• D: observer may influence subject behaviour if they know there being observed ,D: some groups may not accept them being observed ,D: difficult to become full participant , D:harder to understand the subjects of behaviour 

Advantages and Disadvantages of covert observation

  • A: respodents may act more natural, A:difficult to access some groups, A:observers same experinece uderstand the group better
  • D: misleading (unethical), D: difficult to opt out of illegal or immoral activities, D: turn bias 
20 of 26

observation: Advanatage and disadvantage of partic


  • data collected would be valid 
  • limitation on equitment needed 
  • focused on indviduals own point of veiw 
  • difficult for respondents to lie 
  • likely to see range of behaviours 
  • more likelyhood of more answers


  • gaining acess to the group
  • going native 
  • difficulty to take notes 
  • ethilcal issues - unethical as lying to the studdies 
  • commitment and time 
  • whether data are representative 
  • whether data is reliable - cannot be replicated so unreliable 
  • risk to observer especiall exposure of illegal things 
  • validity- presence of the reserach will change behaviour , affect validity data 
21 of 26

Unstructured or informal interviews

Flexiable interview, more like a conversation. Instead of a list of questions to answer, the research is more likely to have general topics or ideas to discuss. Advanatges:

  • ability to gain insight, achieving an understanding through asking questions and responding to answers 
  • flexibaility 
  • rapport can be created and sustained through the conversational basis of the interveiw 
  • the potential for rich valid data on a smal group of people 
  • high response rate as interveiws pre-arranged 
  • gretaer depth info as interviewers can probe andprompt for further data 
  • additional questions can be asked , less presure on the interveiw schedule 


  • time consuming to conduct and analyse 
  • truthfully or way in which interveiw wants them to
  • difficulty in data analysis- due to length an dcomplexiaty of transcript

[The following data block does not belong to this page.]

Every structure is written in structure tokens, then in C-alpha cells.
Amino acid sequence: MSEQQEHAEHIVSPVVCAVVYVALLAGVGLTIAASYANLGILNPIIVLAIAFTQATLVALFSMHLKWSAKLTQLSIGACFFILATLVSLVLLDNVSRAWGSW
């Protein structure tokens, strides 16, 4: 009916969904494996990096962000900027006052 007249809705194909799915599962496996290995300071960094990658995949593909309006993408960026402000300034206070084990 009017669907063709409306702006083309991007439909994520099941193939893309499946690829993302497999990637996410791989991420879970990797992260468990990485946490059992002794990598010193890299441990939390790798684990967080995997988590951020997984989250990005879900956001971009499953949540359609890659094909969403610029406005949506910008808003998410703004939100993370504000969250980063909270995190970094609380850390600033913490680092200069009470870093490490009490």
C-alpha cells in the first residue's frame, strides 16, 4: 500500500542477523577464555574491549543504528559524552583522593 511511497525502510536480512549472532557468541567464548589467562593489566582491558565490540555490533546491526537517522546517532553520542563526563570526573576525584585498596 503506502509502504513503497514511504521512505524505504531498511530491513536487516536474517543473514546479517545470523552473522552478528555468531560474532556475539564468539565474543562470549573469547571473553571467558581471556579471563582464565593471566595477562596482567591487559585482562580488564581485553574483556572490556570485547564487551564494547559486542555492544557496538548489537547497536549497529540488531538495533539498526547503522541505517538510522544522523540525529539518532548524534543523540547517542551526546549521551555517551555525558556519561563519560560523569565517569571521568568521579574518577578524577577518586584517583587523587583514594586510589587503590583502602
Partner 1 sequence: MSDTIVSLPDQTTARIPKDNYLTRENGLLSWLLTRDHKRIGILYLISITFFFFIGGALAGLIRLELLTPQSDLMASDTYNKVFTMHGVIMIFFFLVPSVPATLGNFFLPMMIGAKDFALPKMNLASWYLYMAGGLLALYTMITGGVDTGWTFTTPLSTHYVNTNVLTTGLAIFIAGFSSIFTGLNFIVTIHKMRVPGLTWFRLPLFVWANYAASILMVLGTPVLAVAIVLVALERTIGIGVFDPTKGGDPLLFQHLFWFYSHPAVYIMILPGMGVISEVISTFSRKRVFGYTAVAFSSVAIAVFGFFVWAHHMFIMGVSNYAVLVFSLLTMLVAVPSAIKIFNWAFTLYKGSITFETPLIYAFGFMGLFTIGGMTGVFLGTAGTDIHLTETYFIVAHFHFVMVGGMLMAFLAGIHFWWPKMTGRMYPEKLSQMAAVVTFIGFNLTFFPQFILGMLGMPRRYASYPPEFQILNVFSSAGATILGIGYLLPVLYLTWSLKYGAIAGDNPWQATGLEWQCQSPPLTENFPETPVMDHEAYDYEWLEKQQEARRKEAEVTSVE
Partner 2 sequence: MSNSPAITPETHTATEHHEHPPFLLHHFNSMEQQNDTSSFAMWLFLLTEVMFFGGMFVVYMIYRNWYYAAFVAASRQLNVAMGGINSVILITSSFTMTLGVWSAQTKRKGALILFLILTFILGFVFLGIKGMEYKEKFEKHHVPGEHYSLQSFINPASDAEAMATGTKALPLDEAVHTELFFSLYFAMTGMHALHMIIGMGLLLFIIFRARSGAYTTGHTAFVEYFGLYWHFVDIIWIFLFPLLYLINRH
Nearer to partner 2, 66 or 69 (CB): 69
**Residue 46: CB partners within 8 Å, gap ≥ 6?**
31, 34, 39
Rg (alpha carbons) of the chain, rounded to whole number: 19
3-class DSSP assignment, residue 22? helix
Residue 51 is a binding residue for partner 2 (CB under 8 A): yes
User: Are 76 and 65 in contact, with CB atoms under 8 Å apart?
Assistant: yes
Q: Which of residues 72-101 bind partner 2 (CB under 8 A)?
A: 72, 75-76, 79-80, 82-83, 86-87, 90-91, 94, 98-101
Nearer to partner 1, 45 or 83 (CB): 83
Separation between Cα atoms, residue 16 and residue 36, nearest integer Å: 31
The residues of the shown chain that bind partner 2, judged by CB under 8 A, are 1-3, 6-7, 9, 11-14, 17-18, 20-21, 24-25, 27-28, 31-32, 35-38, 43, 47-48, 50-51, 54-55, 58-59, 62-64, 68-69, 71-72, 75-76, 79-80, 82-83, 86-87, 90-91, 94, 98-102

• social charcteristics of the researcher are cruicial in accessing valid data 
  • lack of reliabilty- can another sociologist repeat this 
  • representative- due to time, means can only interveiw smaller groups
  • skill of ineterveiw- must acess info before moving to other topics 
22 of 26


Uses participent observatuon and often unstructured interviews to provide an indepth account and anyalsis of a social group or culture. Many researchers classify ethnogrpahy and participant observation as the same thing. 


  • direct observation of the people under study 
  • detailed and rich data can be collected over time increasing vaidity 
  • strong in ecological validity 
  • provide holistic understanding
  • good for achieveing empathy/vershtehen


  • lack of reliabilty as the researcher is difficult to repeat 
  • ethical issues 
  • problems of gaining acess 
  • insider knowledge/status maybe required , lead to problems in gaining objective 
  • small scale and lack of generalisabilty
23 of 26

Personal Documents

include letters, diaries and photographs.


  • cheap 
  • easy to acess 
  • permanent
  • interpretation can be checked by another researcher 


  • whether you can trust the document or not 
  • how representive are they 
  • problems in inetrepreting meanings
24 of 26

Focus Groups

Several respondents are interveiwed at once and are allowed to discuss the questions being asked off. usually have 6 and 9 members , used to explore non sensative topics. Role of the interveiwer is to be the moderator; guiding the indivdiudlas on responses given and aims of the research. 


  • enables issues to be explored which might otherwise remain unknown
  • can encourage wider range of respondents to be involved as its based on group 
  • can be tailored around specific group needs 


  • can be difficult to record and transcribe the data 
  • respondondents may not disclose sensitive material 
  • the interviewer effect is not eliminated 
  • the discussions can be dominated by specific indvdiduals 
25 of 26

Mixed Methods

Mix method are approached that use one or more method of data collection or which mix or blend elements of quanatative and qualatative methodology together for the purpose og answering research questions.

  • FITNESS FOR PURPOSE:choosing the methods that are the most suitable for fufilling the aims of the study.
  • METHODOLOGICAL PLURALISIMS: term used to describe the use of mixed methods (quanatative and qualatative) in research. 
  • TRIANGULATION: The combining of methods so that data can be cross checked. 


  • More generalizable as its possible to collect more data
  • can build a study based on the strengh of boths quantatative and qualatative data 
  • may provide compelete pic of a research prob by using the other to explore 


  • Requires tarining of both methods 
  • May be difficulyt to sell to reviewers of journals 
  • may need back ground information 
  • maybe high in cost
  • may require researchers to work in mulitiple teams
26 of 26


No comments have yet been made

Similar Sociology resources:

See all Sociology resources »See all Sociological research methods resources »